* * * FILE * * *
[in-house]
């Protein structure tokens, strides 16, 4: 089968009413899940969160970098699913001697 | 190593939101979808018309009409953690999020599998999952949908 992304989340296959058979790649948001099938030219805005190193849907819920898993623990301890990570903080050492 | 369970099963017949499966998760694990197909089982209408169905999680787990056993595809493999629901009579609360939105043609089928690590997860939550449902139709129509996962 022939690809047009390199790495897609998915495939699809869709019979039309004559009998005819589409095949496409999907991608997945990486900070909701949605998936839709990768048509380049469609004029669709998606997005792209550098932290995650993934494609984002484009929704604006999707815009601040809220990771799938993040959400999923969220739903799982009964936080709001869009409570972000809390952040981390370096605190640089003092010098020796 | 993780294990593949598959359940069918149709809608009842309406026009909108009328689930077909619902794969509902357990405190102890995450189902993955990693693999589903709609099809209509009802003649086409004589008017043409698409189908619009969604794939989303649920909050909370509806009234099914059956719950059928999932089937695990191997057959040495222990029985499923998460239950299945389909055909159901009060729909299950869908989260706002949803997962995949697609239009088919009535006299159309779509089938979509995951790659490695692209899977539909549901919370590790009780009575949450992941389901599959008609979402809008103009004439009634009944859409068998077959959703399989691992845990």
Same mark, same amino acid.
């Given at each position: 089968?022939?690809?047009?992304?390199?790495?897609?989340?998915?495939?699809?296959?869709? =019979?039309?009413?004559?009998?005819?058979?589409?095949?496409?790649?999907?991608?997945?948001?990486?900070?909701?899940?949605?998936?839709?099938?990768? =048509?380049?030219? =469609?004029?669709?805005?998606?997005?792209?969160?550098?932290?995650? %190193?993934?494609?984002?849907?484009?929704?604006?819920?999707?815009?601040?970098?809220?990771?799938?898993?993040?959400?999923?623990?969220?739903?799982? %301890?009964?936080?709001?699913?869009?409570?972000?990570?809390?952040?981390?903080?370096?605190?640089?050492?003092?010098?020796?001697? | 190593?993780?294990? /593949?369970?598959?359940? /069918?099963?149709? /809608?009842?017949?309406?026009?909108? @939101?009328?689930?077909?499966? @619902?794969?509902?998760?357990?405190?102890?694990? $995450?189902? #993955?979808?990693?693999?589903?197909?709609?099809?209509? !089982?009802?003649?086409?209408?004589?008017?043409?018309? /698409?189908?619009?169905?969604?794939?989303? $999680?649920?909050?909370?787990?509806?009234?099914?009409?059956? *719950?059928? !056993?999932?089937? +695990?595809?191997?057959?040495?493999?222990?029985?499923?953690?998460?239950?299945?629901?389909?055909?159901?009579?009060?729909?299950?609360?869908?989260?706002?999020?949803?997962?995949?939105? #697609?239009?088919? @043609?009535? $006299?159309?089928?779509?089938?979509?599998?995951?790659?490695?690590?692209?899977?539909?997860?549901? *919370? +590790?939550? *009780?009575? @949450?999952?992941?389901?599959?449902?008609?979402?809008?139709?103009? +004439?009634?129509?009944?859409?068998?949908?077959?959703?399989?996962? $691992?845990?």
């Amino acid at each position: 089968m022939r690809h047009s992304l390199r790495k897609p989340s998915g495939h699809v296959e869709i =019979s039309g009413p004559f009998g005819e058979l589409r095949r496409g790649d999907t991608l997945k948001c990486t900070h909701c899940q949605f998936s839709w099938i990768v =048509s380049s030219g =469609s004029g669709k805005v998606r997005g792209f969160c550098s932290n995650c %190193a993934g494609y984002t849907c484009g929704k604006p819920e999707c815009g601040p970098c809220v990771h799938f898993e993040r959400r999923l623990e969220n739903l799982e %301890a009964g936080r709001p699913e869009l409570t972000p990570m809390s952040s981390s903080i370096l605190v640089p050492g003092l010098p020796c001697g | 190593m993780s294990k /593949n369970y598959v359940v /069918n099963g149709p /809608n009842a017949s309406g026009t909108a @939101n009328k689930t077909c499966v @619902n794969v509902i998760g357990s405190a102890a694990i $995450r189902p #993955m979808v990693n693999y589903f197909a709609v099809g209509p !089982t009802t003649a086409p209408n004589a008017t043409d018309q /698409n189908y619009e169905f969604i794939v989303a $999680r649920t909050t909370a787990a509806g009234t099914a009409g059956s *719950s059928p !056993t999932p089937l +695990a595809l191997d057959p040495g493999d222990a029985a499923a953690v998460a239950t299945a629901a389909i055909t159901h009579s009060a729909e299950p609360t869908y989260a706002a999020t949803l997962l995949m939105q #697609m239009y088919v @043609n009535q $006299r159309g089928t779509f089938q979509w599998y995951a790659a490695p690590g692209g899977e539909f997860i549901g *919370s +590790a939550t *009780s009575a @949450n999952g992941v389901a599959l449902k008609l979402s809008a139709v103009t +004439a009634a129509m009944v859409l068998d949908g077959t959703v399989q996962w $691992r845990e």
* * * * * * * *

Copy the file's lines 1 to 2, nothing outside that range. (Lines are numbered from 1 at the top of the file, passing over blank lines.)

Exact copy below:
[in-house]
């Protein structure tokens, strides 16, 4: 089968009413899940969160970098699913001697 | 190593939101979808018309009409953690999020599998999952949908 992304989340296959058979790649948001099938030219805005190193849907819920898993623990301890990570903080050492 | 369970099963017949499966998760694990197909089982209408169905999680787990056993595809493999629901009579609360939105043609089928690590997860939550449902139709129509996962 022939690809047009390199790495897609998915495939699809869709019979039309004559009998005819589409095949496409999907991608997945990486900070909701949605998936839709990768048509380049469609004029669709998606997005792209550098932290995650993934494609984002484009929704604006999707815009601040809220990771799938993040959400999923969220739903799982009964936080709001869009409570972000809390952040981390370096605190640089003092010098020796 | 993780294990593949598959359940069918149709809608009842309406026009909108009328689930077909619902794969509902357990405190102890995450189902993955990693693999589903709609099809209509009802003649086409004589008017043409698409189908619009969604794939989303649920909050909370509806009234099914059956719950059928999932089937695990191997057959040495222990029985499923998460239950299945389909055909159901009060729909299950869908989260706002949803997962995949697609239009088919009535006299159309779509089938979509995951790659490695692209899977539909549901919370590790009780009575949450992941389901599959008609979402809008103009004439009634009944859409068998077959959703399989691992845990």